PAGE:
The downpour was such that I didn't properly see the château until standing in front of the gate. Saulxures had ticked all my alarms bells. The town was void of activity, even at the target address. There were no media people, no gendarmes, and no foolhardy urbex amateurs. My 2CV was the only vehicle anywhere near the property. If anything remotely strange had happened, nobody cared. But all this paled into insignificance compared to the abomination before me. For ruined the château was, but nothing like in the pictures. It resembled the aftermath of suddenly creating a vacuum inside a Coca-Cola can, except the implosion left curves like the reflection in a concave mirror rather than jagged crumpled folds. Also there was no overt sign of stress or damage to the building. Its stone blocks, windows and doors all perfectly followed this roiling bubble of chaos as if they had been moved within the very fabric of the ether.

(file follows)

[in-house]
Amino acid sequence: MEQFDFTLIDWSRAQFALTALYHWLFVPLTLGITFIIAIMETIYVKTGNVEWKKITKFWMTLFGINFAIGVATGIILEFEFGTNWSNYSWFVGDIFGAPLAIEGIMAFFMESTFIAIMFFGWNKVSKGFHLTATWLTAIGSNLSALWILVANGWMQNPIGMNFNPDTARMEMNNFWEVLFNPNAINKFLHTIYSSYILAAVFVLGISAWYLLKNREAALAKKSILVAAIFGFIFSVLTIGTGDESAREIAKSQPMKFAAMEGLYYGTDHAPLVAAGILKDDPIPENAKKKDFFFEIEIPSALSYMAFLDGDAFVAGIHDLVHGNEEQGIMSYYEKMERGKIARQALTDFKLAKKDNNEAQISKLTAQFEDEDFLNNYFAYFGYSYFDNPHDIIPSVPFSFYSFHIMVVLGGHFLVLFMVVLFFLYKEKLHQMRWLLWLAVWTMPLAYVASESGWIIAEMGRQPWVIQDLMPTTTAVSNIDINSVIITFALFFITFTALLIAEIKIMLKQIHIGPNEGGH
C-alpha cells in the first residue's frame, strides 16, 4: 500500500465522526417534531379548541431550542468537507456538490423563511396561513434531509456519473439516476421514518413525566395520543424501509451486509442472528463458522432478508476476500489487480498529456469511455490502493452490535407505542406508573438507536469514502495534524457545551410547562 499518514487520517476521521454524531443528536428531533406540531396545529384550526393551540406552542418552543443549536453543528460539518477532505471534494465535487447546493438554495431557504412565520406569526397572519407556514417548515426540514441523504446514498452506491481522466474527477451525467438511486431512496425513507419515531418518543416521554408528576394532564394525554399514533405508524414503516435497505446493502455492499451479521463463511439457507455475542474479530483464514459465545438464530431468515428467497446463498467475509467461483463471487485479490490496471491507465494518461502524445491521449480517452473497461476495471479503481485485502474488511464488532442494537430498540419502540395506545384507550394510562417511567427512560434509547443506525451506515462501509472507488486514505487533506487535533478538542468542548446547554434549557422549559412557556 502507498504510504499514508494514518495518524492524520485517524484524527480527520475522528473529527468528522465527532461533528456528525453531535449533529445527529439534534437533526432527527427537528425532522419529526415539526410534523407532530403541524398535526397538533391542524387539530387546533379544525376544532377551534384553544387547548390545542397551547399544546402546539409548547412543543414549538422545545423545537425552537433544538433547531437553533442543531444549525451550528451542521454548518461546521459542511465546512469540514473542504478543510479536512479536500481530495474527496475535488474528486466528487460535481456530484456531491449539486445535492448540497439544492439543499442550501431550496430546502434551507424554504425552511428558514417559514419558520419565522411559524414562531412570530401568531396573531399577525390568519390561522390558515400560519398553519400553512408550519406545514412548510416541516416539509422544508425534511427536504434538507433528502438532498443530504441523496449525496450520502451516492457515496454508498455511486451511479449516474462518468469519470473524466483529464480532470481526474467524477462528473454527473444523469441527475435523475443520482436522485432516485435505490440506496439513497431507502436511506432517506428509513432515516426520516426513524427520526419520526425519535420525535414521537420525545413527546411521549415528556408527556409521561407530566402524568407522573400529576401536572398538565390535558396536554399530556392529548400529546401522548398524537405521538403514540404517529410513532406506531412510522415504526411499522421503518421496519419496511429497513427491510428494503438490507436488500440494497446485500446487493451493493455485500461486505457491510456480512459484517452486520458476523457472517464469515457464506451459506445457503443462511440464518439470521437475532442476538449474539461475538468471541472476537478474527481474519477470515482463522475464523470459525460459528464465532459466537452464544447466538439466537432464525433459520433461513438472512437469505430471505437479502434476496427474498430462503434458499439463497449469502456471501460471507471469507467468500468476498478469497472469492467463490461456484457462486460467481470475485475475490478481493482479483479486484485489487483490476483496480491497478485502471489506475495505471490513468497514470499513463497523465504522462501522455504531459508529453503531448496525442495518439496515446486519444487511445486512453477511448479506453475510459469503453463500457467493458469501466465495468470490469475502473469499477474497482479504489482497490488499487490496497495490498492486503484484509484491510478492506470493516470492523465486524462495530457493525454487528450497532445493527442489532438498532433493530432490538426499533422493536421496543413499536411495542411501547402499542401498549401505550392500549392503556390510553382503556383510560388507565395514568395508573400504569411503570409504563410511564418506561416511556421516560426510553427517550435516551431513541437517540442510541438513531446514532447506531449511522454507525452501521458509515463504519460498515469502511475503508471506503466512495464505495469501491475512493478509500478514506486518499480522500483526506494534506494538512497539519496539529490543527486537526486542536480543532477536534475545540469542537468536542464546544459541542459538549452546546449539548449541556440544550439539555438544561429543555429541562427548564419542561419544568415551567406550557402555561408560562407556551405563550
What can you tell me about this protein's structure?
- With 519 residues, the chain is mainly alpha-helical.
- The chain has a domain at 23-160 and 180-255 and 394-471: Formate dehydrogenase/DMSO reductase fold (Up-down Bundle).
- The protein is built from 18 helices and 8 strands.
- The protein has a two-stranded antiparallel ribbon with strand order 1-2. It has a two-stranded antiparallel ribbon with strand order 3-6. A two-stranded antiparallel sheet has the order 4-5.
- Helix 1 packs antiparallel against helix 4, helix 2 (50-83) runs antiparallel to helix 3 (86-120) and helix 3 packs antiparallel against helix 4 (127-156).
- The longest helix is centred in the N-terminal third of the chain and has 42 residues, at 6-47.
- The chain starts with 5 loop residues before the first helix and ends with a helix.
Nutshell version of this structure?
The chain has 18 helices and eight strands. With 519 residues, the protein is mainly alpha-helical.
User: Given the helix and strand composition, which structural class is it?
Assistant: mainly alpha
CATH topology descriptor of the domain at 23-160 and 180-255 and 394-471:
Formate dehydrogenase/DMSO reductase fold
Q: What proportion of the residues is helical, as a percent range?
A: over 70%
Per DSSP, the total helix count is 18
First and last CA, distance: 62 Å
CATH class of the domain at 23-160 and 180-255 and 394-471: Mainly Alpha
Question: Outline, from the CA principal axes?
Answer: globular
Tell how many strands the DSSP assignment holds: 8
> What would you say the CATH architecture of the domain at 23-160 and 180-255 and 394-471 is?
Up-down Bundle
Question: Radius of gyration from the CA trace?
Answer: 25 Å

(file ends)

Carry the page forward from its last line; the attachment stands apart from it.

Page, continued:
Infinitesimal was the concentration needed of me to levitate my stuff, and the ignoble spectacle disrupted even that. I dropped my jaw, my portable phone, notebook and pencil, and my modified umbrella. This was terrible, because I usually carry all of those items (minus my jaw) telekinetically at eye level. My phone bounced off my shoulder, hit a rock in the gravel and gave a hollow crunch. My pencil lost its nib and my notebook drowned in a puddle. The umbrella, which had no handle settled directly on my head like an enormous canvas bat trying to pass as a Chinese paddy hat.

A human presence appeared just a few metres behind me on the edge of where my incorporeal body extended in its resting state. I turned. An old man stood there, utterly still. He wore heavy cover from the neck down, a coat reaching his ankles and bulging in the middle from many woolly layers, but nothing up top. His bare bald head took the brunt of the downpour in silent defiance.